Phil Simms is not impressed with the 2014 NFL Draft QB class

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For 10 years, one highlight leading up to the NFL Draft is talking with Phil Simms about the quarterbacks. We prepare by watching as much game tape as possible before discussing the candidates.

Simms has strong opinions about the signal callers and, as always, came up with some "wild card" candidates who aren't projected particularly high. In a few weeks, Simms will rank his top 10 and assign a round for each.

Simms says he doesn't see any of the QBs as sure-fire locks worthy of going in the first round nor does he see an elite NFL arm. When it comes to pro days, Simms said, "I expect a quarterback to really show off, his workout should look really good. ... It should kind of look like Tiger Woods would on a driving range or Kobe Bryant alone in a gym shooting 3s." When it doesn't look like that, Simms has a problem with the passer. He added that the private workout is the only way to go and applauded Cleveland for working out QBs that way.

Simms told me when he came out he had 20 private workouts, sometimes four a week with a minimum of 120 throws per workout and he ran a 40 for every staff that came in to his school. No loud music, no orchestrated workout, just tons of throws.

Here are a some of Simms' thoughts on this draft class at QB:

1. Blake Bortles: Simms is impressed with with Central Florida QB's size and the great physical shape he's in, and also what he demonstrated on tape. He believes Bortles could use another year of college experience to sharpen his craft but likes his leadership.

The key point: "Bortles has to work hard to throw the ball well, it doesn't come easy for him. I don't see great rotation on the ball."

Simms feels Bortles is not a top-level NFL passer. I told Simms two different NFL QB evaluators described him in different ways to me. One compared Bortles to Blaine Gabbert and the other suggested Ben Roethlisberger. Simms didn't buy either comparison, saying Bortles has more going for him than Gabbert but does not have Roethlisberger's natural throwing skills.

2. Johnny Manziel: When I mentioned Manziel, the first thing Simms said was: "Get ready, because the circus is coming to town," and that the team drafting Manziel has to be all in with who Johnny Football is as a quarterback.Simms is "bothered by his size and that speed is such a big part of his game," pointing out that all QBs slow down as their pro careers advance, but NFL defenses never slow down.

Simms' main question about Manziel: "How will he be when he loses speed?"

As for Manziel's throwing, Simms said, "He throws fairly well, but not by NFL standards," adding a concern that Manziel's arm was less crisp later in the season. When I noted how good his arm looked in the bowl game, Simms was quick to point out getting a month off to rest for a bowl game is no measuring stick because NFL quarterbacks never get a month off.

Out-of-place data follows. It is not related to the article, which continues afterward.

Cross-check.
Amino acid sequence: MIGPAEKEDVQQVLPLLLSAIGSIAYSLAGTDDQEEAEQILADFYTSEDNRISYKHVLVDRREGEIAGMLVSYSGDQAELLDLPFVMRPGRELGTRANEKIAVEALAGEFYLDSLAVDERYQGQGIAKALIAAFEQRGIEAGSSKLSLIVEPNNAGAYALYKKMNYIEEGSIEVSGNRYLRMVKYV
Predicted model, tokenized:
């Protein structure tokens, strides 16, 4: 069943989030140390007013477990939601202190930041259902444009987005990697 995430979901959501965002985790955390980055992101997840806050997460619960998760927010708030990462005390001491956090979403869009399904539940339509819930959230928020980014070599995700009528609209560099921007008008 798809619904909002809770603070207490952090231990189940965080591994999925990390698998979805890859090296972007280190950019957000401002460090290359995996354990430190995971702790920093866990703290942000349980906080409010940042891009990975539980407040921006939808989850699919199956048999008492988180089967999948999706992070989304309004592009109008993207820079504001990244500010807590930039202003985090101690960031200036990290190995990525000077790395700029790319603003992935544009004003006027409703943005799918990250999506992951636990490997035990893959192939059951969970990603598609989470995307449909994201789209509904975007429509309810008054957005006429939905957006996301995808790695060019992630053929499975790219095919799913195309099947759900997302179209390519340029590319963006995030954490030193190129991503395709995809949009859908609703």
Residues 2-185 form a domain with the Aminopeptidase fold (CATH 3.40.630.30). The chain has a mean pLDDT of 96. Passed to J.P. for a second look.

I asked Simms about Manziel's relatively small body of work in college -- only 26 regular-season games -- as a foundation for NFL readiness. Simms said Manziel should come out now because he may not get any better at Texas A&M, where he's already taken a lot of hits.

3. Teddy Bridgewater: Simms was quick to say Bridgewater's spotty pro day performance was a "red flag." The Louisville QB should have looked a lot better than he did and some of his bad throw tendencies that show up in games were present at the pro day.

We focused on the glove Bridgewater wore during the season and what it meant. Simms said, "The glove is important to him because it hides a deficiency in his motion. Bridgewater is not a classic thrower, he dips under his ball and the elbow drops, the glove saves his throws." Simms also felt Bridgewater's arm faded late in the season, which is a concern.

4. Derek Carr: Simms was surprised I asked about Carr in the same context of the other three because he hadn't heard anyone talk about the Fresno State QB along with the others.

Simms said some would hold his brother (onetime No. 1 overall pick David Carr) against him, but wasn't sold on Derek Carr as a first-round talent anyway. Simms did say Carr can spin the ball and has some God-given talent, but there are just too many screens and lob balls to get excited. As for Carr's mechanics, Simms thought he was a bit tight and too much like he's been lifting a lot of weights.

5. Zach Mettenberger: Simms says the LSU QB is an interesting guy but has some concerns, wondering if his feet were just a half-step slow and he might have to work on quickness to drop. He also termed Zettenberger's arm a bit loose, causes occasional throws that makes you ask, "Where did that come from"

Wild cards: Simms found two QBs he would take a chance on later in the draft: Virginia Tech's Logan Thomas Pitt's Tom Savage.

Simms recognizes Thomas is raw, saying, "He might have the best 20 throws you will see from any of these quarterbacks, but he might also have the 20 worst throws."

As for Savage, Simms likes the way he can get a good throw off from any physical position, and make accurate throws across the field, and throws off his back foot are solid.


Pat Kirwan has been around the league since 1972, serving in a variety of roles. He was a scout for the Cardinals and Buccaneers, a coach for the Jets as well as the team's Director of Player Administration where he negotiated contracts and managed the team's salary cap. He is the author of Take Your Eye Off the Ball: How to Watch Football by Knowing Where to Look, and the host of Sirius NFL Radio's Moving the Chains.
 
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